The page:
Camera produces images of wonderful detail, colour and dynamic range
Good dynamic range helps in bright conditions
Good tungsten when light source's framed
Dedicated Skin Tone Colour mode
Matrix meter clips highlights
Tungsten not neutralised if light's not in shot
Third-party RAW programs can't read WB info
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The D2X has landed, and with it come the hopes of a generation of Nikon devotees keen to see their company match arch-rival Canon.
Unfortunately for users of Nikon, the company has perpetually been a step behind its competitor in the race for sensor development. Since early 2003, Canon users have had the 11MP EOS 1DS, and Nikon users just 5.9MP with the flagship D1X (first introduced in 2001).
While the D2X can't match the new 16.7MP EOS 1DS Mark II in terms of pixel resolution, knowledge of the post-capture process has now taught pro and amateurs alike that megapixels aren't everything. A decent 12MP sensor is sufficient for most applications, but a high-quality 12MP camera can be pushed further than its pixels might suggest - even to the same ceiling as the EOS 1DS II.
The most revolutionary and unprecedented aspect of the D2X is its High Speed Cropped mode. This gives users the ability to switch from five frames per second shooting and 12.2-megapixels, to a smaller crop of 6.9-megapixels with a burst rate to match the D2H (8fps), even if the buffer's slightly reduced from that camera. The D2H can hold 50 full-quality JPEGs/40 RAW, while the D2X manages only 35 JPEGs/29 RAW. Bearing in mind that Canon's 8.5fps EOS 1D II hits just 40 JPEGs/20 RAW, this isn't too much of a handicap, and may well make the D2H redundant for those photographers who've got the cash.
Where the D2X loses out slightly in terms of resolution to the 1D II in High Speed Cropped, it makes gains with focal length multiplication. This becomes 2x rather than 1.5x, and should prevent the need for slower, bulkier lenses, or even the use of teleconverters (a 300mm lens becomes 600mm). No user, professional or otherwise, can baulk at the chance to get essentially two cameras in one - a high-res unit for portraits, landscapes, architecture and still life, as well as a lightning fast midres unit for sports, press, wildlife and action shots.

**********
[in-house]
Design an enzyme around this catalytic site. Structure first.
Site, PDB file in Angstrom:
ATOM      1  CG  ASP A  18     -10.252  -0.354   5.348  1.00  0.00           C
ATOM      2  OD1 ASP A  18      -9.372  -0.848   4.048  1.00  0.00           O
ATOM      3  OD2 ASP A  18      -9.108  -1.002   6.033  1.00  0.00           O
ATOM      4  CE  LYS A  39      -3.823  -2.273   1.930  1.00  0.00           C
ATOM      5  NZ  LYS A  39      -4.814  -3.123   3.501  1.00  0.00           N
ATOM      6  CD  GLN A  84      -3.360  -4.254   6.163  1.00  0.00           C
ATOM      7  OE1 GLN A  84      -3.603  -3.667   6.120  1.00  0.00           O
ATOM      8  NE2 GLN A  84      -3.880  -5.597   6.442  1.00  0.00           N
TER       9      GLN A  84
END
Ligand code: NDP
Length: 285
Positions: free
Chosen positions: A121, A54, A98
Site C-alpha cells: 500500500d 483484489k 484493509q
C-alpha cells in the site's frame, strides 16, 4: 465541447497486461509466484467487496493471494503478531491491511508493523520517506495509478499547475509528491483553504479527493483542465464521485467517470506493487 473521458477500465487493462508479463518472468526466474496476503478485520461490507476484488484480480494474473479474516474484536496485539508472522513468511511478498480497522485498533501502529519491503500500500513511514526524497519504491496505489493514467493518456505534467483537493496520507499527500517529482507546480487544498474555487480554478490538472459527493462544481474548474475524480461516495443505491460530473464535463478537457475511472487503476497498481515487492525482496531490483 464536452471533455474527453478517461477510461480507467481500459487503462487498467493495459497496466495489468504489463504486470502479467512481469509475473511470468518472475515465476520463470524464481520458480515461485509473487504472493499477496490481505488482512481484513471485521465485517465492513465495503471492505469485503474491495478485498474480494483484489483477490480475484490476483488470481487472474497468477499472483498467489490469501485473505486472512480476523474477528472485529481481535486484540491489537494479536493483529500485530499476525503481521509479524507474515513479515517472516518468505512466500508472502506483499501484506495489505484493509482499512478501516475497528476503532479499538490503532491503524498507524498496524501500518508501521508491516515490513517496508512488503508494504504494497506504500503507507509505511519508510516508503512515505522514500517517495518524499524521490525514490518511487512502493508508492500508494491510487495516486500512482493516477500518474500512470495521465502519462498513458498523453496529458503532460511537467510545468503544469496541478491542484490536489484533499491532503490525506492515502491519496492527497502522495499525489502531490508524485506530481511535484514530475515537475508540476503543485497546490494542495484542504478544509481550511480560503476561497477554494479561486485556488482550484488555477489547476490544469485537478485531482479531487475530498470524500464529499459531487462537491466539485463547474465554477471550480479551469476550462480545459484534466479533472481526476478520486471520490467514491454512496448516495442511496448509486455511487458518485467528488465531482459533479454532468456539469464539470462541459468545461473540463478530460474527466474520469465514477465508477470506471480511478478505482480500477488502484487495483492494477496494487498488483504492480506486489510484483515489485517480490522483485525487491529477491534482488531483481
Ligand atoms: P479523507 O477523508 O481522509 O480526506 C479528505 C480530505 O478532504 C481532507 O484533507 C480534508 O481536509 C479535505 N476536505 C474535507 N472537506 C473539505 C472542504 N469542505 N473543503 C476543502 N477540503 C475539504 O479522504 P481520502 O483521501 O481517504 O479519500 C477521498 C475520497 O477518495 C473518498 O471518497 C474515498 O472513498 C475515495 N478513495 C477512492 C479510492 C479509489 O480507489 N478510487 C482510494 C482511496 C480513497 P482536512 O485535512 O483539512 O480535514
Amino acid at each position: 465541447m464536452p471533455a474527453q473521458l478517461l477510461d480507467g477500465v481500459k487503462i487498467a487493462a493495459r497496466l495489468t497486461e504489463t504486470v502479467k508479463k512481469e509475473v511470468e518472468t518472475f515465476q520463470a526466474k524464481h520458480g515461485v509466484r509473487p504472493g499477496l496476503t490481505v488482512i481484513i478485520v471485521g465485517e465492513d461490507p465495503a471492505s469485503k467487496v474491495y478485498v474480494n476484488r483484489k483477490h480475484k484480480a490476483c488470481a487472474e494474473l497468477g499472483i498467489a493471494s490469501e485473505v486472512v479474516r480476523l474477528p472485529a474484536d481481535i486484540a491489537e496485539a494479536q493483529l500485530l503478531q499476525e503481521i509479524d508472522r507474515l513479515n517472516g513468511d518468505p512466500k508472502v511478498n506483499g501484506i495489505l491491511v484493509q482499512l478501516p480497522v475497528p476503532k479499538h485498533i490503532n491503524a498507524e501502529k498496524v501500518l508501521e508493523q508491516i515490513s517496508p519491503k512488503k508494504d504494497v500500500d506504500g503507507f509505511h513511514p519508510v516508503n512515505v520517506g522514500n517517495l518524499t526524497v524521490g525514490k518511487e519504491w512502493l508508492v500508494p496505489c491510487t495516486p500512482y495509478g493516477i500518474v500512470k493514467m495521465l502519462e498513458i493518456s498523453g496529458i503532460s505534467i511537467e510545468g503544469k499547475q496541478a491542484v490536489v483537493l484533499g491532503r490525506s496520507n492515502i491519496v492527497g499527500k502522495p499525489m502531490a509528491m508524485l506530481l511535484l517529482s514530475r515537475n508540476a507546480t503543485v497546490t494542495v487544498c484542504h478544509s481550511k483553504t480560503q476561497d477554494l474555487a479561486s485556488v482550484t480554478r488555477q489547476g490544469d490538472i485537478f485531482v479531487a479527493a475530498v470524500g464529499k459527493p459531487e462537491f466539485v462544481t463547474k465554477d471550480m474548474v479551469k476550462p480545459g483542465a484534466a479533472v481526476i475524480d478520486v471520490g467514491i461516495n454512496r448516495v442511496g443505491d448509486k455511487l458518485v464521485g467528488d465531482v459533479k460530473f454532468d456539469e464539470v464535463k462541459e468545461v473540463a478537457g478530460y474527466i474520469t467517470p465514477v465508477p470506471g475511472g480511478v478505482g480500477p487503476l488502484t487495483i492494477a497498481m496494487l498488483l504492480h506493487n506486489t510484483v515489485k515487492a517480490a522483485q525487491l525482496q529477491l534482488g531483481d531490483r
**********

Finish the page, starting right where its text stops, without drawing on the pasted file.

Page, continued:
There are a number of other feature improvements on the D1X, and a few significant ones on the D2H (some of which are replicated on the new D2Hs). These include: a whopping 2.5-inch LCD; user-definable Func button; voice annotation; Kelvin settings for white balance; new, incredibly sophisticated autofocus system; simultaneous NEF (RAW) and JPEG shooting; additional high ISO noise reduction; support for the WT-2 802.11g wireless transmitter (and remote control from a PC/Mac); GPS compatibility, i-TTL fl ash metering system (user reports suggest it's far superior to D-TTL); new longer-life battery; and separate histograms for red, green and blue channels.
The latter is exceptionally useful for getting the most out of shadow detail, allowing you to clip highlights in a single channel (with care), in the knowledge that information will be recovered at the RAW conversion stage. The only real backwards step is a reduction is fl ash sync from 1/500sec to 1/250sec, which will annoy those people looking to minimise the impact of ambient lighting with studio fl ash (High Speed Sync mode covers the fill-in base for on-camera fl ash in bright light conditions).